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EPA Regulations, Retailers, and Their Responsibilities (2018)

The United States Environmental Protection Agency (EPA) regulates which refrigerants may be used and how refrigerants must be handled. It is important to note that individual states may write their own refrigeration regulations above and beyond the EPA regulations.

Since 2015, EPA has proposed several rules, but some of those rules have been vacated in court. We understand that it may be confusing which rules still apply. Please read below to understand which regulations will come into effect in January 2019.

SNAP Program, Prohibited Refrigerants, and California

What is the SNAP Program?

EPA regulates which refrigerants may be used for new or retrofit refrigeration through the Significant New Alternatives Policy (SNAP) program.

Which refrigerants were affected by recent EPA rules?

EPA released Rule 20 and Rule 21 through its SNAP program, which delisted refrigerants with high global warming potential (GWP). This prohibited common refrigerants such as R-134A, R-404A, and R-507A. However, EPA was challenged in court and lost on Rule 20, which means it has been vacated and will not go into effect. It is possible that Rule 21 will also be vacated, but the courts are still evaluating it. Use the links below for more information:

Can high GWP refrigerants be used?

Yes, depending on state. Rule 20 was vacated on a national level, but individual states may pass their own refrigeration regulations. In 2018, California passed a regulation that adopts Rule 20 (called Rule 1 in California). This rule prohibits high GWP refrigerants in California after January 1, 2019. More information is available on California legislature’s website:

High GWP refrigerants can continue to be used in all other states, but that may change too. California is a member of the United States Climate Alliance (USCA), and the other states will likely adopt similar regulations. This includes Colorado, Connecticut, Delaware, Hawaii, Maryland, Massachusetts, Minnesota, New Jersey, North Carolina, Oregon, Rhode Island, Vermont, Virginia, and Washington.

In summary, R-134A, R-404A, and R-507A may be used in all states except California, which prohibits those refrigerants. However, other states in the USCA are likely to prohibit those refrigerants in the coming years.

Section 608, Record Keeping, and Leakage Rates

What is Section 608?

EPA regulates how refrigerants are handled through Section 608 of the Clean Air Act. Section 608 affects many sectors in the refrigeration industry:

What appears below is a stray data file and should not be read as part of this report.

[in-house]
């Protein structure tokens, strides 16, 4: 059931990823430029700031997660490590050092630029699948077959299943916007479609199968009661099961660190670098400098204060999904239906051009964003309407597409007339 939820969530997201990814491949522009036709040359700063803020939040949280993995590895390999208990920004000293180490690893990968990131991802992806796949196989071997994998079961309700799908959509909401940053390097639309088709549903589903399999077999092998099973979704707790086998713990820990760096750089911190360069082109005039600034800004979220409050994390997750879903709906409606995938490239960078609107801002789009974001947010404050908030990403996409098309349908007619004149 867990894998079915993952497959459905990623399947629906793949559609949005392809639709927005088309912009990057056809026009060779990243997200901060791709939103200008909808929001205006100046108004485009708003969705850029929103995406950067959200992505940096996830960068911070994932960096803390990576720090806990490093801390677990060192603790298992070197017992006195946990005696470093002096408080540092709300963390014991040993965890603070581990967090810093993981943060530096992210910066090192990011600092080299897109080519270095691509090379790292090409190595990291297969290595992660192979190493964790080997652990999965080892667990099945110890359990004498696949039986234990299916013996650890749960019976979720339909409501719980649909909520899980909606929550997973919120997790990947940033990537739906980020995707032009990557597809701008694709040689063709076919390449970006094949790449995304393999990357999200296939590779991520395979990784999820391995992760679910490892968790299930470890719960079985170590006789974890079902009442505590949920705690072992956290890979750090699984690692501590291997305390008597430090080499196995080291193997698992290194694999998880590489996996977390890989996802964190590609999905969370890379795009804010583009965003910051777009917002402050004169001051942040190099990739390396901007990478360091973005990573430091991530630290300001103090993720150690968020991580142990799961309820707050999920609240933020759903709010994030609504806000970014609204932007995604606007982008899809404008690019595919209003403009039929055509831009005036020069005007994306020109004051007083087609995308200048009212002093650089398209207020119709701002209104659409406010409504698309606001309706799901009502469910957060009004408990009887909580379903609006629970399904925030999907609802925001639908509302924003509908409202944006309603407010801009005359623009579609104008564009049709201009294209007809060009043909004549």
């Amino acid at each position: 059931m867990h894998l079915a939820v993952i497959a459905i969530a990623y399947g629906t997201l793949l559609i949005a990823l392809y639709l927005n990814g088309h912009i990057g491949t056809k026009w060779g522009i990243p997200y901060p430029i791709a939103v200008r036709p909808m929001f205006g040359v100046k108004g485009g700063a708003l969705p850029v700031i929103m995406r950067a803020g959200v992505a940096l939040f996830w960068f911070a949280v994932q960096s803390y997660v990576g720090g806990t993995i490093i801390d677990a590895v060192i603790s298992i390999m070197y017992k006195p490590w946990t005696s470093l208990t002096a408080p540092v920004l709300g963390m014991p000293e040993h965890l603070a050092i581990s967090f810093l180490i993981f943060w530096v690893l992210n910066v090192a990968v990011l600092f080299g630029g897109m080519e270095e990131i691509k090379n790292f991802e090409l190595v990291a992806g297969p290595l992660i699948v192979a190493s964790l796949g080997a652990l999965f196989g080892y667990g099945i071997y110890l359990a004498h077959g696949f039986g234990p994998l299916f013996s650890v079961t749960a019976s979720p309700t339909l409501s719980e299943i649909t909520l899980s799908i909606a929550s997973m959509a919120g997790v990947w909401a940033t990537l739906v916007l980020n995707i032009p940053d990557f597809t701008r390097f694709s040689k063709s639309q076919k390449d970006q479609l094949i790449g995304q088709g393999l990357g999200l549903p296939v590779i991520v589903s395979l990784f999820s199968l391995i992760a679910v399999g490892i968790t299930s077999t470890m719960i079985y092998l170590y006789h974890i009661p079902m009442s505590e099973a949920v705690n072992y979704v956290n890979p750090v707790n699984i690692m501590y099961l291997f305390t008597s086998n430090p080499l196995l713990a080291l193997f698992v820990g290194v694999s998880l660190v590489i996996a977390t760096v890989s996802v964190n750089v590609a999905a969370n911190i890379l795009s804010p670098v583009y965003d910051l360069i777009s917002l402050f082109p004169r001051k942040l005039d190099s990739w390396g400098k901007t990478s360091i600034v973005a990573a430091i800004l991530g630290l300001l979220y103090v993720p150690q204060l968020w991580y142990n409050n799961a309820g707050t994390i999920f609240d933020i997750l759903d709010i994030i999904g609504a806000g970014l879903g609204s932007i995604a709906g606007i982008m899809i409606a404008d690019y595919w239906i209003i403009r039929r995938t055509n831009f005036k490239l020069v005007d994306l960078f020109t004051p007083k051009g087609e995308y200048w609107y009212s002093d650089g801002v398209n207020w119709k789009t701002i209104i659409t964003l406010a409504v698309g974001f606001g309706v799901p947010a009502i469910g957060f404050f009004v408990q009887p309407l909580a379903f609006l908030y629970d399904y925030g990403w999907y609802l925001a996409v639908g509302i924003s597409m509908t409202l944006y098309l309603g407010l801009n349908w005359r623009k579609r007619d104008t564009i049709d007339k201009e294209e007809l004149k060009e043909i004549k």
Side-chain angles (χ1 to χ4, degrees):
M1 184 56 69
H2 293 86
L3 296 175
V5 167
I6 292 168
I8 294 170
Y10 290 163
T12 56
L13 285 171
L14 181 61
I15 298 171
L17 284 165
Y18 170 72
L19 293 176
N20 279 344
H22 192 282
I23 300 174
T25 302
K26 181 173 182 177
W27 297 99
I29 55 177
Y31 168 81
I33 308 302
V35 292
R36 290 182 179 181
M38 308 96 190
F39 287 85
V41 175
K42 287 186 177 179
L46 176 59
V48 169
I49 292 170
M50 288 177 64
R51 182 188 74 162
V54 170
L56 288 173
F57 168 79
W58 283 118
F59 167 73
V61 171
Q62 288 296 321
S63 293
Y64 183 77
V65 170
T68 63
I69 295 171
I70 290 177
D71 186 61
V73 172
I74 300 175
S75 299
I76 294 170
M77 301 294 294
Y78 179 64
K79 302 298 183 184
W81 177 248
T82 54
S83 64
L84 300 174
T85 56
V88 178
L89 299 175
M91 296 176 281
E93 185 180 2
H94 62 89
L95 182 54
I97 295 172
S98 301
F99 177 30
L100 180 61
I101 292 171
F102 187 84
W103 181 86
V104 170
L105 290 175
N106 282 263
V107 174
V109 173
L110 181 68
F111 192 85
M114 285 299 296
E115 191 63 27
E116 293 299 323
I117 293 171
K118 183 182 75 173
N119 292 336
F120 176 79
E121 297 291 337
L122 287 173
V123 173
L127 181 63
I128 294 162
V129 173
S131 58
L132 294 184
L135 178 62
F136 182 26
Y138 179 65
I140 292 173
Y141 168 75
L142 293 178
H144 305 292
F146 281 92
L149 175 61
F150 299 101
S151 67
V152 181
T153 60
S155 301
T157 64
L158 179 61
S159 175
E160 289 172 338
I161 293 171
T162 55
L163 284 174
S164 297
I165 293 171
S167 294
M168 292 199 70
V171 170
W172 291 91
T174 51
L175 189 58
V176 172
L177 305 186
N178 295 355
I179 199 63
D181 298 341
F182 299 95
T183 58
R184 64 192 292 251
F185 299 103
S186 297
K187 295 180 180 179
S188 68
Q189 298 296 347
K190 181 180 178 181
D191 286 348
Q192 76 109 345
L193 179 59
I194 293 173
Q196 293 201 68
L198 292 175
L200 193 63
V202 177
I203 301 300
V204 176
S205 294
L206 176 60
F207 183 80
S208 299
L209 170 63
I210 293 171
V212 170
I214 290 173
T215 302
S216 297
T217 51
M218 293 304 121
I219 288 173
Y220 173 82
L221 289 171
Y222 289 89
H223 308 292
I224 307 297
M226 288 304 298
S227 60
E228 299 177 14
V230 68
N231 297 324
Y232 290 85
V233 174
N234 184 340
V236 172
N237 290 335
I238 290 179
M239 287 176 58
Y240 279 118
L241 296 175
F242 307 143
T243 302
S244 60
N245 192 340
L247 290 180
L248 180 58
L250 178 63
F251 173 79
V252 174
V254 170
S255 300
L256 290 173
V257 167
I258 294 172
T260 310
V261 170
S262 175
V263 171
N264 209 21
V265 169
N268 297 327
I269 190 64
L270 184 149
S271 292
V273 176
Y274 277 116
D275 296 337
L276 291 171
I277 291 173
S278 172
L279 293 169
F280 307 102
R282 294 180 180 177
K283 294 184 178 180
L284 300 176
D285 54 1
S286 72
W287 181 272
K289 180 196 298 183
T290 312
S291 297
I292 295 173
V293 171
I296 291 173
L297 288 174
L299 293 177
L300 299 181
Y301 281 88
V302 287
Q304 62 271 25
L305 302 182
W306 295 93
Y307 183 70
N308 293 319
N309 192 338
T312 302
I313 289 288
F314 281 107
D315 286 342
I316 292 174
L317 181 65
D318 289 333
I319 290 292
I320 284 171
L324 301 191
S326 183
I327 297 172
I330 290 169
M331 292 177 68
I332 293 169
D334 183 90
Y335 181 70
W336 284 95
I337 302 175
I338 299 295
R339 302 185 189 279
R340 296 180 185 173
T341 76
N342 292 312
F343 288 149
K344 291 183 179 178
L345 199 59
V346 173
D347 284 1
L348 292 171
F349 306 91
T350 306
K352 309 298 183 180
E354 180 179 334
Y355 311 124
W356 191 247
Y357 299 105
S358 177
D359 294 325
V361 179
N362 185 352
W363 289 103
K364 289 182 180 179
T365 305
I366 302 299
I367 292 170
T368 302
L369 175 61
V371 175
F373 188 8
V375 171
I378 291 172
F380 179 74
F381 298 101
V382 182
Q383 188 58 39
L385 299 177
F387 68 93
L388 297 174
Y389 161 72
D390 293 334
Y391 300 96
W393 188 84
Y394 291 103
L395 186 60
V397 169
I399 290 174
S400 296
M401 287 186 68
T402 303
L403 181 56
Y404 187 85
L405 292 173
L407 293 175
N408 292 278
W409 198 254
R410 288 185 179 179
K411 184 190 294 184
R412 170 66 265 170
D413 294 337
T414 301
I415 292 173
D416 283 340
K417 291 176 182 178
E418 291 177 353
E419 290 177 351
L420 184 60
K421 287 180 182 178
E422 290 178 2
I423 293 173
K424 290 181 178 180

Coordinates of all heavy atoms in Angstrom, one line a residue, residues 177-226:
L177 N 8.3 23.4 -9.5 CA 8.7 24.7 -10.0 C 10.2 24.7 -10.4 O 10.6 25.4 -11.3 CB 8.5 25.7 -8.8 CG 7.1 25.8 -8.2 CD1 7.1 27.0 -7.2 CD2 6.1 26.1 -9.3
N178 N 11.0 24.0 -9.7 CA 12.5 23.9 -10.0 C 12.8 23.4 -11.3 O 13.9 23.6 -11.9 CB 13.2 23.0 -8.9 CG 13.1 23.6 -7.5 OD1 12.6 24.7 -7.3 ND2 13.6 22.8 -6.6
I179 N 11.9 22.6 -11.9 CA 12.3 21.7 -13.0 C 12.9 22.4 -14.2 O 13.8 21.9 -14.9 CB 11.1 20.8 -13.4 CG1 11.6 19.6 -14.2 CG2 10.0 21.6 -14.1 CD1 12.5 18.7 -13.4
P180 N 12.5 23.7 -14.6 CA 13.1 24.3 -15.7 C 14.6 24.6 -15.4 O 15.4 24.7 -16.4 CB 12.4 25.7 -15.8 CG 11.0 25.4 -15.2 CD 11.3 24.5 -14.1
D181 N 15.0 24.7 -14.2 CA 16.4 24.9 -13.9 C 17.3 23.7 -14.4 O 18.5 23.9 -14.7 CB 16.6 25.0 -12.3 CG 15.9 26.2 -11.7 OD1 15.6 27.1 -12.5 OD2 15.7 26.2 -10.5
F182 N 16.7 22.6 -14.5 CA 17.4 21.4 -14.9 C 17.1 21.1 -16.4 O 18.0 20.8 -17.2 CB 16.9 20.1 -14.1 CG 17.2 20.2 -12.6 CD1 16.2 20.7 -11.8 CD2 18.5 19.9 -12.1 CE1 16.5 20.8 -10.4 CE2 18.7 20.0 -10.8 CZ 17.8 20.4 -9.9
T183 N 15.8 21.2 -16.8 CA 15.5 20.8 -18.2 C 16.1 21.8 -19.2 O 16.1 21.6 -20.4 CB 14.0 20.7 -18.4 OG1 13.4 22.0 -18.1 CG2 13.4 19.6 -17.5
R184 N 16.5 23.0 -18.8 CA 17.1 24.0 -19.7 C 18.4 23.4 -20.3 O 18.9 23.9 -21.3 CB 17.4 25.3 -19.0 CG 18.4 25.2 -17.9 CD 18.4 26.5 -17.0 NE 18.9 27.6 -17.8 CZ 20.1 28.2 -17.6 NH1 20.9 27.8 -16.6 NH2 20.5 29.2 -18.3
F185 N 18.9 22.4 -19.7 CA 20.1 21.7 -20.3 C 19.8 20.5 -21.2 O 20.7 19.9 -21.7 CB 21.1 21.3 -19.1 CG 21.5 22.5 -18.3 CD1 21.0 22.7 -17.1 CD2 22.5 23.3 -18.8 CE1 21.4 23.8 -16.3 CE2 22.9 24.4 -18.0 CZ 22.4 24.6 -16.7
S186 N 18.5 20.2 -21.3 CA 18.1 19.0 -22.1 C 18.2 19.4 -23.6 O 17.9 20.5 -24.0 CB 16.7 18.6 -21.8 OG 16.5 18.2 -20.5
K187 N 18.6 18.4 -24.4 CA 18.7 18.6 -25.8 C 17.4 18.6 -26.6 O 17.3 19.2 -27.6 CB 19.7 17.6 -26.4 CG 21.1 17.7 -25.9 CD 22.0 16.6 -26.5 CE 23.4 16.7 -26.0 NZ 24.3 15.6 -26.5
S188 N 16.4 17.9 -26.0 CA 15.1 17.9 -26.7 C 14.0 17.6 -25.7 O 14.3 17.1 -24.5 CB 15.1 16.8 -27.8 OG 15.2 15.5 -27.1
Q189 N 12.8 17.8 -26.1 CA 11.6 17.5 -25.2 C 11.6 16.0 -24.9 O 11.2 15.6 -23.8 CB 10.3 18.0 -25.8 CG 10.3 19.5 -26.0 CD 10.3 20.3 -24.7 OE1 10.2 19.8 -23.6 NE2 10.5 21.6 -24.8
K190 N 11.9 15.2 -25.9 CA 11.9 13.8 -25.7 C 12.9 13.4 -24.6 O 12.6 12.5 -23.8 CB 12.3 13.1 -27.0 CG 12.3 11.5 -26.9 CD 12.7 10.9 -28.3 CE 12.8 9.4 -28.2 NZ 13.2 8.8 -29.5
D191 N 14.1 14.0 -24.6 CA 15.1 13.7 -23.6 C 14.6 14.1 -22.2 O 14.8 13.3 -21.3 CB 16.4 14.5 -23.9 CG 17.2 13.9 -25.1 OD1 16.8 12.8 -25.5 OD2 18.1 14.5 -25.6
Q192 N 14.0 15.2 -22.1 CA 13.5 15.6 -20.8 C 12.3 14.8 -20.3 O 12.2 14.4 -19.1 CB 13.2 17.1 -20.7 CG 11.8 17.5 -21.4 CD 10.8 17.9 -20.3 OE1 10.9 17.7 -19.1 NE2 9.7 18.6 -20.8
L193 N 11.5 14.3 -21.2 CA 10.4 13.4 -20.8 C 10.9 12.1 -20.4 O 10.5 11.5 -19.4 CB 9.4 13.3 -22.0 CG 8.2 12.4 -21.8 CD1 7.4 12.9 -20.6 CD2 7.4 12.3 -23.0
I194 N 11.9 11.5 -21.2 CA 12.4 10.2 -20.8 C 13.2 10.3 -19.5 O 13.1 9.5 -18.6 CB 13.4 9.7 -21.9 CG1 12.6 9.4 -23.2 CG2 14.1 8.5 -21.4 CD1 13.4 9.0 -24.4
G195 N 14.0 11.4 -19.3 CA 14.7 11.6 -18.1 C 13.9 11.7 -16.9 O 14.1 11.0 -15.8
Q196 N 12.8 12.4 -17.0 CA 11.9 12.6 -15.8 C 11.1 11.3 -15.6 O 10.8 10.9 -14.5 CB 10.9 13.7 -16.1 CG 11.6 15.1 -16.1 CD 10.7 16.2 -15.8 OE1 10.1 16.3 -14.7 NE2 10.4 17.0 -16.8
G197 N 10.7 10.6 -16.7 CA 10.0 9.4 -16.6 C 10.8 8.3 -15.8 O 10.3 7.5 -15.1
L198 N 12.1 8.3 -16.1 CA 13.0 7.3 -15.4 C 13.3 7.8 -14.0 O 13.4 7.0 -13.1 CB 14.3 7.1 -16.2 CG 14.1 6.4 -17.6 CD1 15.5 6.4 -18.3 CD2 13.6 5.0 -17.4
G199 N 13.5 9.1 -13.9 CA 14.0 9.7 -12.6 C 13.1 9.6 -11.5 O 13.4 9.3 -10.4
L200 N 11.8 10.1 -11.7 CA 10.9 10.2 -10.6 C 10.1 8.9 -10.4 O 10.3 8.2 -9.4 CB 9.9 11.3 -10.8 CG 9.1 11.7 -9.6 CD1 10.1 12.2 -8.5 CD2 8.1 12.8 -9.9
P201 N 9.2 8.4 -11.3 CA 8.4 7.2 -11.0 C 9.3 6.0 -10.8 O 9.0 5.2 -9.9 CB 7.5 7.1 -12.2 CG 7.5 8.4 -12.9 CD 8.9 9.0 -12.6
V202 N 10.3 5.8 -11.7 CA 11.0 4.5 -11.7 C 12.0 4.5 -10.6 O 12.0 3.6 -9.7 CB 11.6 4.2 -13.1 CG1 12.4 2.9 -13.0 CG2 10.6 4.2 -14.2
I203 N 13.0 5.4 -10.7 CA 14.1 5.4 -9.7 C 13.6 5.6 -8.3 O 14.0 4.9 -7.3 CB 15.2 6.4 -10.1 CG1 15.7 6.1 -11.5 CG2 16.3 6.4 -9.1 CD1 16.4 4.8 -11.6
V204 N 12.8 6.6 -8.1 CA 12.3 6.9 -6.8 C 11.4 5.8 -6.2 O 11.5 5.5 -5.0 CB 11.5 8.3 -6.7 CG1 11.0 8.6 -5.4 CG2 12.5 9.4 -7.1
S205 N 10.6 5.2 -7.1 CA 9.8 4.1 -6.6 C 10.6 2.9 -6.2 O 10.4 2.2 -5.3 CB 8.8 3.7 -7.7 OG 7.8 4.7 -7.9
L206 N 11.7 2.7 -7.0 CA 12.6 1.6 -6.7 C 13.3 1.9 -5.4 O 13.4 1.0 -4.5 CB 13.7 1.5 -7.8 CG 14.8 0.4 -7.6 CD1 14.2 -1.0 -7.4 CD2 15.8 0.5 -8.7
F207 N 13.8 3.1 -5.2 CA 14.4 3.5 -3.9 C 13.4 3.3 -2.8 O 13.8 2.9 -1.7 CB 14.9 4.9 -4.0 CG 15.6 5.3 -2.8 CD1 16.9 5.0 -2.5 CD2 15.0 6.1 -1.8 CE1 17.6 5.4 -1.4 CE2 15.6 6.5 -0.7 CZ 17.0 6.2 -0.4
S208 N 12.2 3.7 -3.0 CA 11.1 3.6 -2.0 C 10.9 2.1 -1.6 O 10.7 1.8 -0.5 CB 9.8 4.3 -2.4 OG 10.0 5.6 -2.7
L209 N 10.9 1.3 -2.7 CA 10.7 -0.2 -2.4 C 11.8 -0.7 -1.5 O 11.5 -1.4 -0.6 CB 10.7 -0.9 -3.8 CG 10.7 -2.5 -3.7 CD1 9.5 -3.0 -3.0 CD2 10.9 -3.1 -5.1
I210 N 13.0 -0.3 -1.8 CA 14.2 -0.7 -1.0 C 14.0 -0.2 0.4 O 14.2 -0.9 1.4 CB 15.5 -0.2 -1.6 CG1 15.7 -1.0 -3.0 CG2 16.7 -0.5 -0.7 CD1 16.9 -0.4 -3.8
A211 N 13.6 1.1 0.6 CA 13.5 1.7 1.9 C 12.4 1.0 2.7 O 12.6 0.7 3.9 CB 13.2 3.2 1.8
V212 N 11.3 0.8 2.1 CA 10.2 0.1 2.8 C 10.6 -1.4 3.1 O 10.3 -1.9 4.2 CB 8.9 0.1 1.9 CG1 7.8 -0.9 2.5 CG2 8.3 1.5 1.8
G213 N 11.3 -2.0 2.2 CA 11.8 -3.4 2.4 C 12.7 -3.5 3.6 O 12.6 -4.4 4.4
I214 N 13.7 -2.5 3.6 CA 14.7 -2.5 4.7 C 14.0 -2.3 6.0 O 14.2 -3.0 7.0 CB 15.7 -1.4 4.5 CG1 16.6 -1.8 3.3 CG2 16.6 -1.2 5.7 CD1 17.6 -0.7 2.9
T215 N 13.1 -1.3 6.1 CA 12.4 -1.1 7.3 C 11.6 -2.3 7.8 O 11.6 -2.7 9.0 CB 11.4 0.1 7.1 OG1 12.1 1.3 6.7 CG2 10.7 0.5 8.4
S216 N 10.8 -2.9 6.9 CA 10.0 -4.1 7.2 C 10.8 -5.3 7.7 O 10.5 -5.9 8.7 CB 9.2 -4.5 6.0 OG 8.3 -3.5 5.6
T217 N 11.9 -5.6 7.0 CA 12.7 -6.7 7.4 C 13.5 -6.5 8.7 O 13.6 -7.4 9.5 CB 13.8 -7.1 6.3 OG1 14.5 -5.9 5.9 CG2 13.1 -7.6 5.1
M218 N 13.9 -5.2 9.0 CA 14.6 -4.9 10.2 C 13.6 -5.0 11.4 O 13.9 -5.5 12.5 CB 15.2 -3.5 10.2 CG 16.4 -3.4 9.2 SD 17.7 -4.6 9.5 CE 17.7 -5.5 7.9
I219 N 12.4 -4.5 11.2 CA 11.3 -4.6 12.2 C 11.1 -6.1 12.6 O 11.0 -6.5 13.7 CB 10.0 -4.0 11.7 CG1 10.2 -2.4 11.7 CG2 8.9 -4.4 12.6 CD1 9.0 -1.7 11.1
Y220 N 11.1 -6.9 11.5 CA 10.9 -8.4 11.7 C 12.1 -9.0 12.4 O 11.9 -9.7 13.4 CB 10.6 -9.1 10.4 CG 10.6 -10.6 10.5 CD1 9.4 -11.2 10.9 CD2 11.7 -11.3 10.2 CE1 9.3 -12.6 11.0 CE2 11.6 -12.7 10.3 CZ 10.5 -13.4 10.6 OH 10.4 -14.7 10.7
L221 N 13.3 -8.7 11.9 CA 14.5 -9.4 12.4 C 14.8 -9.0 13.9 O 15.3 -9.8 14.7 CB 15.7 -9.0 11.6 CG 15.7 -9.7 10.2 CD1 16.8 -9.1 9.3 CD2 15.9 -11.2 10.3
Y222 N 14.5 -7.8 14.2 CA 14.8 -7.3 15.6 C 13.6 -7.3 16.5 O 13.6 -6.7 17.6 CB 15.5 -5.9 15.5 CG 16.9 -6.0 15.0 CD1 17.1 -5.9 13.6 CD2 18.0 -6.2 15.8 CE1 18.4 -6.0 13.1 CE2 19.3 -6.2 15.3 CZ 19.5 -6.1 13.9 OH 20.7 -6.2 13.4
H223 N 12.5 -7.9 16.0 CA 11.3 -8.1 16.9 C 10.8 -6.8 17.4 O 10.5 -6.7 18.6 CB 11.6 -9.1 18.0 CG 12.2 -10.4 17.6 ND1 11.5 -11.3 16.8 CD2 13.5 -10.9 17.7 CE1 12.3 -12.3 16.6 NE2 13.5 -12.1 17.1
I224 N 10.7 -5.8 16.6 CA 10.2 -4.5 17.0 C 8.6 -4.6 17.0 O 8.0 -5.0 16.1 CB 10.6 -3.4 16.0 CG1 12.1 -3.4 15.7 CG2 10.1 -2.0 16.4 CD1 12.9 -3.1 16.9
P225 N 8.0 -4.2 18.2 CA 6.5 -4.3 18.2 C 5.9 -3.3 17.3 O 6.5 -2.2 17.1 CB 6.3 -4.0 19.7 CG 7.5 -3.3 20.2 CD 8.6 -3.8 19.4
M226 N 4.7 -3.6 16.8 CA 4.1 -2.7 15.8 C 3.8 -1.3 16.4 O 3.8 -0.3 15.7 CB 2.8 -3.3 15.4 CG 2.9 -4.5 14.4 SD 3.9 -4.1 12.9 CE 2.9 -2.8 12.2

• Technician Certification
  • Refrigerant Recovery and/or Recycling Equipment
  • Refrigerant Leaks
  • Refrigerant Sales
  • Record Keeping
  • Safe Disposal
  • Reclamation
  • Service Practices

For more detail on how Section 608 applies, visit

What are the new Section 608 regulations?

EPA issued new regulations that 1) require owner/operators to keep additional records for their refrigeration systems, and 2) change the allowable leakage rates for refrigeration systems. These rules affect ozone depleting refrigerants and will take effect on January 1, 2019.

The new rule included refrigerants with high GWP such as R-134A, R-404A, and R-507A. However, EPA proposed to omit refrigerants with high GWP from the rule. This has not been finalized, so more information will be provided as it becomes available. Use the links below for further reading.

What records does an owner/operator need to keep?

  • Full System Charge
  • Service Work Invoices
  • Installation and Calibration of Automated Leak Detection System (if applicable)
  • Leak History
  • Reports for Leakage Rate Greater than 125% of Full-Charge in a Year
  • Retrofit or Retirement Plans
  • Requests to the EPA
  • System Mothballing Reports
  • Seasonal Variance Records

What are the allowable system leakage rates?

EPA reduced the allowable leakage rates. Annual leakage rates are calculated as a percentage of the full system charge. Details for calculating leakage rates can be found at

Allowable Leakage Rate Before Retiring or Replacing Old rule New rule
Commercial Refrigeration 35% 20%
Comfort Cooling 15% 10%
Industrial Process Refrigeration 35% 30%

What must be done when a leak is found?

If leakage rate exceeds allowable rates, the system must be repaired, retired, or replaced.

Repair: If a leak is repaired, the technician must ensure the system is leak-free before adding refrigerant. After refrigerant is added, the technician must check the repair again after the system returns to normal temperatures and pressures. Information for technicians can be found at

Retire or Replace: Owner/operators must develop a retrofit or retirement plan within 30 days if the leak cannot be repaired. The plan must be implemented within 1 year. If the leak is repaired within 180 days, the plan can be terminated and the system can be used.

What must be done after a leak?

After a leak, systems must be checked for leaks based on the schedule below. All visible, accessible parts of the systems must be inspected.

  • Refrigeration systems with over 500 lb. refrigerant charge must be inspected every 3 months until the leakage rate is below the annual requirement.
  • Refrigeration systems with between 50 and 500 lb. refrigerant charge must be inspected every year until the leakage rate is below the annual requirement.
  • Refrigeration systems with a leak detection system do not require regular leak inspections. However, the leak detection system must be calibrated annually.

When should a leak be reported to EPA?

If the annual leakage rate of a refrigeration system exceeds 125% of the full charge within a calendar year, owner/operators must notify EPA by March 1 of the subsequent year and describe their efforts to identify and repair leaks.